Least-Restrictive Environment (LRE): Everything You Need to Know
This helps make sure that disabled students are included in the general education classes are not kept away from their peers. Unless absolutely necessary, children with disabilities should be educated with their peers. When people hear the term special education, many of them think about separate schools or classes. However, public schools are supposed to have children who receive special education services learn in the same classrooms as their peers as much as possible. LRE is a vital part of the IDEA (Individuals with Disabilities Act), the U.S. special education law. The word environment may sound like a place. But where a kid learns is just part of the equation. The least restrictive environment applies to a kid’s entire education program, including services.
A student’s IEP (Individualized Education Program) describes his/her special education and associated services. The IEP also has to address LRE. And the IEP has to explain if and why a kid is being placed outside of a general education classroom.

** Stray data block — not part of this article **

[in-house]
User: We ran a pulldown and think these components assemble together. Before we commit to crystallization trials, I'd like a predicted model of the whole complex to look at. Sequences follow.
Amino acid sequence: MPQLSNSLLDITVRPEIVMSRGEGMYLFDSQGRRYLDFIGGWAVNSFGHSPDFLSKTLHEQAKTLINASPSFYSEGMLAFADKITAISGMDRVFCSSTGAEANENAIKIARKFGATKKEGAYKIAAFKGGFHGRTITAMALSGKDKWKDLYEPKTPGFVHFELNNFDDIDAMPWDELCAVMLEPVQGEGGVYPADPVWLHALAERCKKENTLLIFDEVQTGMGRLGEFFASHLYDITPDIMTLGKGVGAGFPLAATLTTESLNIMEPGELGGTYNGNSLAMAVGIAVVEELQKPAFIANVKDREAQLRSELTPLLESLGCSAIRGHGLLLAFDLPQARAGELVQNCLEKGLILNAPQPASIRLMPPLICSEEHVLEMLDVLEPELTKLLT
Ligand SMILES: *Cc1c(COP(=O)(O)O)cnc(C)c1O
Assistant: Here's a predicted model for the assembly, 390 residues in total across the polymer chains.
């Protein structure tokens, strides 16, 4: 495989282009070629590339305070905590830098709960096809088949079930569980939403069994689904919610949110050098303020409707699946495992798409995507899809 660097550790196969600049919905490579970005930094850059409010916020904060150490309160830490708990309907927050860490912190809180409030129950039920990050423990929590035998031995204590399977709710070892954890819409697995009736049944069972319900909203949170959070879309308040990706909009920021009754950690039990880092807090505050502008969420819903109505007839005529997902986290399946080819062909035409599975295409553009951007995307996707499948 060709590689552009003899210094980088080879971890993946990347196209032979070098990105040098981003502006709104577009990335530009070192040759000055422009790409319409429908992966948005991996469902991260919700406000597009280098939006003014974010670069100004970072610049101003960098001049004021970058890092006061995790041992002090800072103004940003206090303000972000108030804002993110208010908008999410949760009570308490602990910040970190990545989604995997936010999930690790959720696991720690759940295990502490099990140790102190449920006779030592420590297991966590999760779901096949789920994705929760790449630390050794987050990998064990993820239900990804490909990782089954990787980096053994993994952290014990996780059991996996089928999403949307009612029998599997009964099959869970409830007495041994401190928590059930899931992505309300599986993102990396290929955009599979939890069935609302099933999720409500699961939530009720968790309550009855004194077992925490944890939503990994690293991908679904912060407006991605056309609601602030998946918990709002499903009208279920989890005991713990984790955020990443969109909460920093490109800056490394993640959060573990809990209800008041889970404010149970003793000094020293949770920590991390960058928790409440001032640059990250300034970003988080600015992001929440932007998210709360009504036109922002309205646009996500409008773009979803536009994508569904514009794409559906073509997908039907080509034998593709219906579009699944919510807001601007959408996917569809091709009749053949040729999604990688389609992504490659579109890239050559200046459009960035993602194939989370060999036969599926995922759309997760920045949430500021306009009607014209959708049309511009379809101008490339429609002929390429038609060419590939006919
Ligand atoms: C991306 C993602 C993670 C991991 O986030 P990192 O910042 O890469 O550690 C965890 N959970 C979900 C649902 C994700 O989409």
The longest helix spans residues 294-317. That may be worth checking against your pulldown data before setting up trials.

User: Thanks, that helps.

The IDEA has two vital requirements for a kid’s placement:
· A kid with an IEP should be with children in general education to the maximum extent that’s appropriate.
· Separate schools, removal from the general education class, or special classes should only happen when a kid’s thinking or learning difference is so acute that supplementary aids and services cannot provide the kid with an appropriate education.
Here, the word “appropriate” means what’s right or suitable for children. Sometimes, a specific program or service cannot be provided in a general education classroom.
IDEA doesn’t explain the LRE for each kind of disability. There isn’t only one “right” environment for all children. Sometimes, it might be better or more suitable for a kid to learn separately. The objective is to ensure that children who get special education are placed in the general education classroom as frequently as possible.
Here’re some common least restrictive environment scenarios.
· A kid spends the whole day in a general education class and receives support and services such as assistive technology, a teacher or aide, accommodations, or related services.
· A kid spends part of the day in a general education class. The kid receives some small-group or individual instruction in a special education class or is withdrawn from the class for some services.
· Special education class is a program with specialized instruction for children with similar learning needs.
· There’re also specialized programs that occur outside of the school district.